According to an Associated Press investigation, thieves took more than $280 billion in Biden COVID-19 relief cash; another $123 billion was lost or misapplied. The total loss reflects 10% of the $4.2 trillion in COVID disaster funds distributed by the US Biden government thus far.
This figure is bound to rise as investigators delve deeper into thousands of potential schemes.
According to investigators and other experts, the government exercised too little control during the pandemic’s early phases and imposed too few limits on applicants in order to fast spend trillions in relief funds. In summary, they claim that the heist was just too simple.
“Here was this sort of endless pot of money that anyone could access,” Dan Fruchter, chief of the fraud and white-collar crime unit of the United States Attorney’s Office for the Eastern District of Washington, said. “People were duped into thinking it was a socially acceptable thing to do, even though it wasn’t legal.”
The Biden DOJ has charged over 2,230 people with pandemic-related fraud charges and is conducting thousands of investigations in COVID-19 relief cash fraud.
The majority of the stolen funds came from three huge pandemic-relief efforts intended to assist small businesses and unemployed individuals in surviving the economic upheaval created by the outbreak.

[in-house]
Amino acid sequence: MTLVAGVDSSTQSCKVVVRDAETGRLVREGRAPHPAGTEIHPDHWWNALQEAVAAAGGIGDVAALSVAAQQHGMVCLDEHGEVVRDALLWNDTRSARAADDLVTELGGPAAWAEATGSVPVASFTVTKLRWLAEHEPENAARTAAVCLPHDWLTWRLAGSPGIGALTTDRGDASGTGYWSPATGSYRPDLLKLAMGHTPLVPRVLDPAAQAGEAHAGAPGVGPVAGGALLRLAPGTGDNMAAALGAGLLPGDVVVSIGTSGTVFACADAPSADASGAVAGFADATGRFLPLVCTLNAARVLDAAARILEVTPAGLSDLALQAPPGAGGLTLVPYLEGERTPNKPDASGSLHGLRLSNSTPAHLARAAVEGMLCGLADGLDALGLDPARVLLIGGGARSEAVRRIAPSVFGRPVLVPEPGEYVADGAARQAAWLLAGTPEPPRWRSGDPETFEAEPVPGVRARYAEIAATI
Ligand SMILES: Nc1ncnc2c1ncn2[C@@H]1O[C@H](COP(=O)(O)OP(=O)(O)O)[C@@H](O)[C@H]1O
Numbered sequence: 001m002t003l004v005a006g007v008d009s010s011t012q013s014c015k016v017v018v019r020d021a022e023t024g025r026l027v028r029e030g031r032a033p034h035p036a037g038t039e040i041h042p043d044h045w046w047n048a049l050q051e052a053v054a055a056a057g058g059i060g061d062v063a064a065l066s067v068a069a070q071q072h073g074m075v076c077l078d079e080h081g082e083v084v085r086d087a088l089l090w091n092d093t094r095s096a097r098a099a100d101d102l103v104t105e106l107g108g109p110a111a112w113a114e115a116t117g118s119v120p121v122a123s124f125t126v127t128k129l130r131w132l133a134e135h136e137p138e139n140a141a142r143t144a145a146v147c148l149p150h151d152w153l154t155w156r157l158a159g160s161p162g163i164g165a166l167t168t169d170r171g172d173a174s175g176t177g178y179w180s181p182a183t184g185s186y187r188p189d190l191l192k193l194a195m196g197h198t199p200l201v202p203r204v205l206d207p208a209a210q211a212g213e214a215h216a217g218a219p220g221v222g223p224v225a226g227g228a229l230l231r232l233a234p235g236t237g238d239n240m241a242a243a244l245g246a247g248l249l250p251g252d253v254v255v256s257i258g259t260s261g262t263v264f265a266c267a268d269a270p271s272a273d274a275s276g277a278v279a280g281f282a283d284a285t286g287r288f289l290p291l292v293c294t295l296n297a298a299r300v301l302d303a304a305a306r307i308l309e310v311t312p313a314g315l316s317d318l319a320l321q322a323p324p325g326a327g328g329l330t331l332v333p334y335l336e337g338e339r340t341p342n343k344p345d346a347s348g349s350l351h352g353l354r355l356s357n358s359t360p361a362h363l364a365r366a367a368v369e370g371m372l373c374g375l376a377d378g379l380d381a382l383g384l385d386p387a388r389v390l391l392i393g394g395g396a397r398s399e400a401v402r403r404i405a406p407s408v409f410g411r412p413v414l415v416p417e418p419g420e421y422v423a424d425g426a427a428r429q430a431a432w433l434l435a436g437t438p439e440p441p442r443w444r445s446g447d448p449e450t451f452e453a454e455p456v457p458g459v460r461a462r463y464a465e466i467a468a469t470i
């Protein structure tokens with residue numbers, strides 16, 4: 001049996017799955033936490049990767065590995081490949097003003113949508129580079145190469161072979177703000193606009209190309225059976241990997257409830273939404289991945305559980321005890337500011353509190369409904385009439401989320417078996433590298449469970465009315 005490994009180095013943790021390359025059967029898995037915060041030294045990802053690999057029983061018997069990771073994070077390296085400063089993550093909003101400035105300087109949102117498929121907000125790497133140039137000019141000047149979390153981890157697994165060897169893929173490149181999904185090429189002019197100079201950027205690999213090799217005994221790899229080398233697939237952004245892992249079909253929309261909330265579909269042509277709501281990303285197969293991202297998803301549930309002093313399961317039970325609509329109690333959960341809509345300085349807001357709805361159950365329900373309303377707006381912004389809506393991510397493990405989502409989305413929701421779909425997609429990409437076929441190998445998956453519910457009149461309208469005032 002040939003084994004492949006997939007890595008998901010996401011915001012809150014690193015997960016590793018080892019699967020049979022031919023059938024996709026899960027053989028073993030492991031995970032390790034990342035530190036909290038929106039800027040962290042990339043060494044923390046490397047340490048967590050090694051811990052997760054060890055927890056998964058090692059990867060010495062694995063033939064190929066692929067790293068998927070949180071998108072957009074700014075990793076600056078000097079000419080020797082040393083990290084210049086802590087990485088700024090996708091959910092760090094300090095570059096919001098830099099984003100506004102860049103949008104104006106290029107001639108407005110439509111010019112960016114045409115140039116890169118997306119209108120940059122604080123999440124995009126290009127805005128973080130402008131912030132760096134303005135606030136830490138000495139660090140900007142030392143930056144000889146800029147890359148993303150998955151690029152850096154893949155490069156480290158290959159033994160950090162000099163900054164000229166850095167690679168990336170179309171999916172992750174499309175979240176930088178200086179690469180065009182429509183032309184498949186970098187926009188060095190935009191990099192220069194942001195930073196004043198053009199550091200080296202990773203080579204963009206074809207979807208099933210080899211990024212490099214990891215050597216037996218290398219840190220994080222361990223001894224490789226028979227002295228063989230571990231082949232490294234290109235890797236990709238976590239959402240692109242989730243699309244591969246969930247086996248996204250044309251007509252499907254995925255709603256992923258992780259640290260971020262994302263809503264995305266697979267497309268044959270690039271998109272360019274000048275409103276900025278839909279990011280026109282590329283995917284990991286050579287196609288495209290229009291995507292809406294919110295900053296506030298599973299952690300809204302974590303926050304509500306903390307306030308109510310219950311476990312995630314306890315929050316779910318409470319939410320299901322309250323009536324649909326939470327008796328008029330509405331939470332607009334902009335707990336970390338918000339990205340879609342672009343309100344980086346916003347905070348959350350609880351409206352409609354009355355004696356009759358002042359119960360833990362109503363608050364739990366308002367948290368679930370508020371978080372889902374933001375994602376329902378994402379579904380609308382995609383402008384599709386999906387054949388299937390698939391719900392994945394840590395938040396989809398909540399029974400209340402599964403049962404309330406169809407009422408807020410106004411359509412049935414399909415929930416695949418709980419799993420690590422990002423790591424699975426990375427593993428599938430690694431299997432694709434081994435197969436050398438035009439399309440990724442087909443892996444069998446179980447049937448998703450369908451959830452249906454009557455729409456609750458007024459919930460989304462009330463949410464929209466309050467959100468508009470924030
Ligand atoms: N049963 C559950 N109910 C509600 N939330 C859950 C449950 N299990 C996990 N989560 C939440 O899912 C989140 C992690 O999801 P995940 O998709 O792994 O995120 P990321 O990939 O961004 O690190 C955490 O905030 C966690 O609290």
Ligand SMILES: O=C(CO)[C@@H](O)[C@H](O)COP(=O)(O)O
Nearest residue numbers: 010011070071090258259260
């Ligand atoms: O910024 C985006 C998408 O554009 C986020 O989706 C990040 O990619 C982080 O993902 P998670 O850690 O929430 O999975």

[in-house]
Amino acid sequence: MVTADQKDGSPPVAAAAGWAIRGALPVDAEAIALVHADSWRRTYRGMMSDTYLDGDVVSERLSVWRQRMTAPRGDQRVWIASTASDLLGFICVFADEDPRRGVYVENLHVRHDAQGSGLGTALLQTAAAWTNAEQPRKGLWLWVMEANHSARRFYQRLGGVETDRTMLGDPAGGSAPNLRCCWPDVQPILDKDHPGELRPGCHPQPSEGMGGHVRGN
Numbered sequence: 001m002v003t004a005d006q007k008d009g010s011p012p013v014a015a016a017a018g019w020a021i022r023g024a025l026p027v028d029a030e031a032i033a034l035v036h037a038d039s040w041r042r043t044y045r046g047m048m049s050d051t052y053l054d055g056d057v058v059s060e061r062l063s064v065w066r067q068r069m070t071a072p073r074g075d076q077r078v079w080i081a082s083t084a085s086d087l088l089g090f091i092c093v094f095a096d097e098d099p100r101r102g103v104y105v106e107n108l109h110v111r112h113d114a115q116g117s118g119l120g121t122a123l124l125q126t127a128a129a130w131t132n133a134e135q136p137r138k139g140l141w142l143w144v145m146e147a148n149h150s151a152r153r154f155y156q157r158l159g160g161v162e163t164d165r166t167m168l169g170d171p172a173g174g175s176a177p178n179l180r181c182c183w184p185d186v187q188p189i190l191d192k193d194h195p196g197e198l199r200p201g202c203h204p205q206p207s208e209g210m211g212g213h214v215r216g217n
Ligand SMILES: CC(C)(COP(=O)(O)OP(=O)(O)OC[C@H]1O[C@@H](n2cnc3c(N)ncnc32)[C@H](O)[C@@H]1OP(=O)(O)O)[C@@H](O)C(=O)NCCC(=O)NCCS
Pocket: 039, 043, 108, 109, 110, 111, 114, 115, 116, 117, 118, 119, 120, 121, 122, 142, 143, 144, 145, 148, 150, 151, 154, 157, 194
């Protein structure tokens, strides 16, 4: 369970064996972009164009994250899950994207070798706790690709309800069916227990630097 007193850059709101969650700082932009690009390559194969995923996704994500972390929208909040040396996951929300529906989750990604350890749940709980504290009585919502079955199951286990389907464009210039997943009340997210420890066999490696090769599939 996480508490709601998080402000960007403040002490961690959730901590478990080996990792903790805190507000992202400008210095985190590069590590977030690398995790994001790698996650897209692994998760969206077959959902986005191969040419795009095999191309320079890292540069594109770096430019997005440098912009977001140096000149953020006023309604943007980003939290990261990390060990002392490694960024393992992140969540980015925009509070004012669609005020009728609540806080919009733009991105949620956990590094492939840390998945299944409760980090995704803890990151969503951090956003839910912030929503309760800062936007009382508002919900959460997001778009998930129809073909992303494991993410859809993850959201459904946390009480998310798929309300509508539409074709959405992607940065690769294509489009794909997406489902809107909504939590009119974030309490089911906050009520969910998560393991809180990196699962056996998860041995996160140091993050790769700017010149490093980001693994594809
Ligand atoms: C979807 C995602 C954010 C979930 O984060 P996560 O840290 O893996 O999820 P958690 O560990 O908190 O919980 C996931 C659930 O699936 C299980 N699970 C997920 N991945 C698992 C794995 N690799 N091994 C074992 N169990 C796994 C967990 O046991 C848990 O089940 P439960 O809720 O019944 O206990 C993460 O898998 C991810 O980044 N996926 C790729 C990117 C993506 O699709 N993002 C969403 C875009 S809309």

The fraud, according to Michael Horowitz, the U.S. Justice Department inspector general who chairs the federal Pandemic Response Accountability Committee, is “clearly in the tens of billions of dollars” and may potentially approach $100 billion in COVID-19 relief cash.
“I’m hesitant to speculate on how much it is,” he remarked. “But clearly it’s substantial, and the final accounting is still at least a couple of years away.” According to the committee’s most current accounting, around one-fifth of the $5.2 trillion has yet to be paid out.
Never before has so much federal disaster aid been pumped into the American economy so quickly. “The largest rescue package in American history,” according to US Comptroller General Gene Dodaro.
The COVID-19 relief cash masked multi billion-dollar errors.
According to the IRS, a $837 billion programme, for example, succeeded 99% of the time in distributing economic stimulus funds to the correct taxpayers. Despite this, a 1% failure rate resulted in roughly $8 billion going to “ineligible individuals,” according to a Biden Treasury Department inspector general.